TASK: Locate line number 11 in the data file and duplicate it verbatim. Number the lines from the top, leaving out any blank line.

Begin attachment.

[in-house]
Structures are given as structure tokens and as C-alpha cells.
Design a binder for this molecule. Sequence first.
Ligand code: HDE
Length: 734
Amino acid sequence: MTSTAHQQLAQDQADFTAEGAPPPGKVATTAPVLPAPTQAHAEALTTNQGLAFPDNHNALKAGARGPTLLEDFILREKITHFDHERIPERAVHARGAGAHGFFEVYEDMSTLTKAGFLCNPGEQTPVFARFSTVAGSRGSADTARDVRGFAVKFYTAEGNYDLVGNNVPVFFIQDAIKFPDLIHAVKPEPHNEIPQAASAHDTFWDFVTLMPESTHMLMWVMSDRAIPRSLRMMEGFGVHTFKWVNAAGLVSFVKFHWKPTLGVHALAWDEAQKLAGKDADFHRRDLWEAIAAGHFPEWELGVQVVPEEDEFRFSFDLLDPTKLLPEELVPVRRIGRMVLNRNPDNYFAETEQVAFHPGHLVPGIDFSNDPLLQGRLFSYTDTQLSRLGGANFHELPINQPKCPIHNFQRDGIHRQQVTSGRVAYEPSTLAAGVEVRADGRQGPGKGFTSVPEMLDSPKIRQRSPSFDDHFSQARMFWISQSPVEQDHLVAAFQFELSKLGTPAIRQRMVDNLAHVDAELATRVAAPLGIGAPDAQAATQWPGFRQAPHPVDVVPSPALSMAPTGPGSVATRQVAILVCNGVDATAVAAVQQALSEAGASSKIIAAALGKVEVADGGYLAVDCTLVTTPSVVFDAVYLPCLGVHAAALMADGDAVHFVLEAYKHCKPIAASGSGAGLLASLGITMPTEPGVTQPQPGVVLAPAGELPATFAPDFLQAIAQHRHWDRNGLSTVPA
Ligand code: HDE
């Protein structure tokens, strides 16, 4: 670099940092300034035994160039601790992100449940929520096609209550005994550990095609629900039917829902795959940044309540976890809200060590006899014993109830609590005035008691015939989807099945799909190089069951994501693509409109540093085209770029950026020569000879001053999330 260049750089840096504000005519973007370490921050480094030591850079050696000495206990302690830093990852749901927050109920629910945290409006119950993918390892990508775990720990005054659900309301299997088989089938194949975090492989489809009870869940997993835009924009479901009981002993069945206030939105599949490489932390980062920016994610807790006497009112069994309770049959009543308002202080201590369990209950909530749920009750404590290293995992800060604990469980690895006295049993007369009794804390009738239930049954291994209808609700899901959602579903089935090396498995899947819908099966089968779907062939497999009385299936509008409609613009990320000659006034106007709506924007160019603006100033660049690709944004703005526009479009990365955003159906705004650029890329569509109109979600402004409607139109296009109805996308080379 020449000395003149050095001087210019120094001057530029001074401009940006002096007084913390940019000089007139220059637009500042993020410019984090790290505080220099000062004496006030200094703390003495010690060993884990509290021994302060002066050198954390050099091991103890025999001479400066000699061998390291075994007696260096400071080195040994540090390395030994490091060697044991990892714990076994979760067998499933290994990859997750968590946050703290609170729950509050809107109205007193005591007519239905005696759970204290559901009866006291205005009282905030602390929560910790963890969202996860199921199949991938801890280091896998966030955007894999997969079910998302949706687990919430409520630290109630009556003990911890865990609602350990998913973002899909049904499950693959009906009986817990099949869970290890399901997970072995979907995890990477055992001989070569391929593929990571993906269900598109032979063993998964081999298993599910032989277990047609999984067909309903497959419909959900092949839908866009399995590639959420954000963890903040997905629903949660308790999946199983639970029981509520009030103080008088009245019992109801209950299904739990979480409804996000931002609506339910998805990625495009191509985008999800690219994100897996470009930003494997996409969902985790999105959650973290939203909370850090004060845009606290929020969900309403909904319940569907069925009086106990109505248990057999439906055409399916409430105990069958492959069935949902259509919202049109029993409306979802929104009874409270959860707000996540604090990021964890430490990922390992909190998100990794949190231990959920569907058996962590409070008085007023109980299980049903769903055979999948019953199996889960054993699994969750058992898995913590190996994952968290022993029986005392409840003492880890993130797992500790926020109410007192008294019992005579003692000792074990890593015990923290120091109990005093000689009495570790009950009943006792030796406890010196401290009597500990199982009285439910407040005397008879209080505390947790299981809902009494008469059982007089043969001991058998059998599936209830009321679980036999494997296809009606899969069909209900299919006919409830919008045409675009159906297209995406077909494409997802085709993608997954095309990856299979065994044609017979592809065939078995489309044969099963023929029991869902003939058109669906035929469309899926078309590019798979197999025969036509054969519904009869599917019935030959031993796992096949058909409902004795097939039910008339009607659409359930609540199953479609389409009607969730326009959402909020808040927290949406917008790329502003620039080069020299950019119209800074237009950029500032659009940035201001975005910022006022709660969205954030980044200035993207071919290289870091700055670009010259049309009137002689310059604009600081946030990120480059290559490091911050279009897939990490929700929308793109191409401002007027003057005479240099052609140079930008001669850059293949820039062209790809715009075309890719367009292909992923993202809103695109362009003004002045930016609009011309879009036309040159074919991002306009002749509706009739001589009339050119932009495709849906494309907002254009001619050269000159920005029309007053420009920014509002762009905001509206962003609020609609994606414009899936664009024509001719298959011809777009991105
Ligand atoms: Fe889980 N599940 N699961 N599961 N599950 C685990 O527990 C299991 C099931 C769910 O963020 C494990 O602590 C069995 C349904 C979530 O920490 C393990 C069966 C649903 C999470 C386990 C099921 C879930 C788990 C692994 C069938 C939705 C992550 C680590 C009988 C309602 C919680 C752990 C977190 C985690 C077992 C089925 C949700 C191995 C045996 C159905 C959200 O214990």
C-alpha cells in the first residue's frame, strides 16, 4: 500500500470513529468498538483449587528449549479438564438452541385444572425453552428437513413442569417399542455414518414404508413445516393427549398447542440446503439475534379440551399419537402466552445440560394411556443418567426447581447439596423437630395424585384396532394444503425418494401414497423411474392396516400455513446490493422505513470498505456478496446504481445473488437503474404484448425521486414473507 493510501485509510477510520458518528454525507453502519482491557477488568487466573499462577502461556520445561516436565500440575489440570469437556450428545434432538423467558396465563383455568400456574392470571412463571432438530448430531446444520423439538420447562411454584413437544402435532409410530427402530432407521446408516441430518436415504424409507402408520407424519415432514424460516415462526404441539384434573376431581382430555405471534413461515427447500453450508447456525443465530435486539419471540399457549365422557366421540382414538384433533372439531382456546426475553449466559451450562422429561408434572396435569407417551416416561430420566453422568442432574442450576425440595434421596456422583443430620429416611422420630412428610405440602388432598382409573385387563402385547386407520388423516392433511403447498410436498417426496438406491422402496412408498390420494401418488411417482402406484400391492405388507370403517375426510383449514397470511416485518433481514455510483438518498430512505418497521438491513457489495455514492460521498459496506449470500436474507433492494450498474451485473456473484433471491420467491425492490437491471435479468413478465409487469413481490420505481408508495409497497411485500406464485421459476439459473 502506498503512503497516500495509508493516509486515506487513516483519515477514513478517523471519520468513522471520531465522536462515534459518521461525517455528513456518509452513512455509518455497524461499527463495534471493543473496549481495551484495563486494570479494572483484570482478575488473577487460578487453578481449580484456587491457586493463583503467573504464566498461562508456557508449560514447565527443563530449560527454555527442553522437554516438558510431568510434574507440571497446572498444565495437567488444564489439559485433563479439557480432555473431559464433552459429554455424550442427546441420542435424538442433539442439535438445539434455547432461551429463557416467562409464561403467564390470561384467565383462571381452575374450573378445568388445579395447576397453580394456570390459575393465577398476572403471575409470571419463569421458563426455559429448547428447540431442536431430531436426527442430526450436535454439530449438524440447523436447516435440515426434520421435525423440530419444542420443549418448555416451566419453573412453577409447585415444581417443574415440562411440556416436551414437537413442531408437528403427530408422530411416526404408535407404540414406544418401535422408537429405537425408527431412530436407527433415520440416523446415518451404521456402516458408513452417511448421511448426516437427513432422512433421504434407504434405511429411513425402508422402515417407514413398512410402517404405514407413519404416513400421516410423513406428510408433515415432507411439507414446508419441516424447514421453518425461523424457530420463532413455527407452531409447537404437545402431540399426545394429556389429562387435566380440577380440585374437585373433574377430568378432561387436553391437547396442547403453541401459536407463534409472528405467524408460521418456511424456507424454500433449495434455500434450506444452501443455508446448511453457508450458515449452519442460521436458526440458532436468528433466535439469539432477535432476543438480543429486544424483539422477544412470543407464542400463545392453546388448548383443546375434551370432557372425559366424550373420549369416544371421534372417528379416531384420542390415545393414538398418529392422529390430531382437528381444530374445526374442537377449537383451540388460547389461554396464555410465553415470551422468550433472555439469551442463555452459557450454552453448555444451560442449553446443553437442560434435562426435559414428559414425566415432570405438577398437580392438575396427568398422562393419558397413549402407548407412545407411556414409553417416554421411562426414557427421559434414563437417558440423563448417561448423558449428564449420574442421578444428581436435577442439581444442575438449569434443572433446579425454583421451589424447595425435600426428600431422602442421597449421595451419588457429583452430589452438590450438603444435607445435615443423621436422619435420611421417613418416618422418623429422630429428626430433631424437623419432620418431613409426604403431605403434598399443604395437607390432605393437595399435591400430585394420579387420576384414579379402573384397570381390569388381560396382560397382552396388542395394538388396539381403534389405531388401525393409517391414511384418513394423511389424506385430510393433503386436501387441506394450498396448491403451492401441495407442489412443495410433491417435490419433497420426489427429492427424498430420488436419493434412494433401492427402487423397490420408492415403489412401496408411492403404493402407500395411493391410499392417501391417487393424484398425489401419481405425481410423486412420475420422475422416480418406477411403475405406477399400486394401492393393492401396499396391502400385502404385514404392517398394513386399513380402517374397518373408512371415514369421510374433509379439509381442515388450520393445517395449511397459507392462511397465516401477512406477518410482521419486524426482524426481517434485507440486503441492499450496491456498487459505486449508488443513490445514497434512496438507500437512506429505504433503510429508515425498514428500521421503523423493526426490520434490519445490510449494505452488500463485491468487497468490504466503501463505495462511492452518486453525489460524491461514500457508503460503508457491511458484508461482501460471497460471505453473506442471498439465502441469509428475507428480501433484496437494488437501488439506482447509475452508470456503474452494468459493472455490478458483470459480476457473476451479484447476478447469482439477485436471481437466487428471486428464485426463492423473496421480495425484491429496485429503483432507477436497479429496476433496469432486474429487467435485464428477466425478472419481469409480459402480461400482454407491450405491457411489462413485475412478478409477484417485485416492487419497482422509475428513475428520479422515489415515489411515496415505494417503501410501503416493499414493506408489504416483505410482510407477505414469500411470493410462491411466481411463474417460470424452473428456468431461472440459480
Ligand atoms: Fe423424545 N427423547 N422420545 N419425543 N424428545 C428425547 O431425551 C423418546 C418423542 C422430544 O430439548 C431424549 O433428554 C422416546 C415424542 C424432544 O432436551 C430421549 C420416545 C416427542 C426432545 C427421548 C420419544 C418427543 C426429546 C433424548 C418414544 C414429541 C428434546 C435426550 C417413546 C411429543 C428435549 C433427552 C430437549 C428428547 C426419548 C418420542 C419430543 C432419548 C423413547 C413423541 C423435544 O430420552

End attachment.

Ligand atoms: Fe423424545 N427423547 N422420545 N419425543 N424428545 C428425547 O431425551 C423418546 C418423542 C422430544 O430439548 C431424549 O433428554 C422416546 C415424542 C424432544 O432436551 C430421549 C420416545 C416427542 C426432545 C427421548 C420419544 C418427543 C426429546 C433424548 C418414544 C414429541 C428434546 C435426550 C417413546 C411429543 C428435549 C433427552 C430437549 C428428547 C426419548 C418420542 C419430543 C432419548 C423413547 C413423541 C423435544 O430420552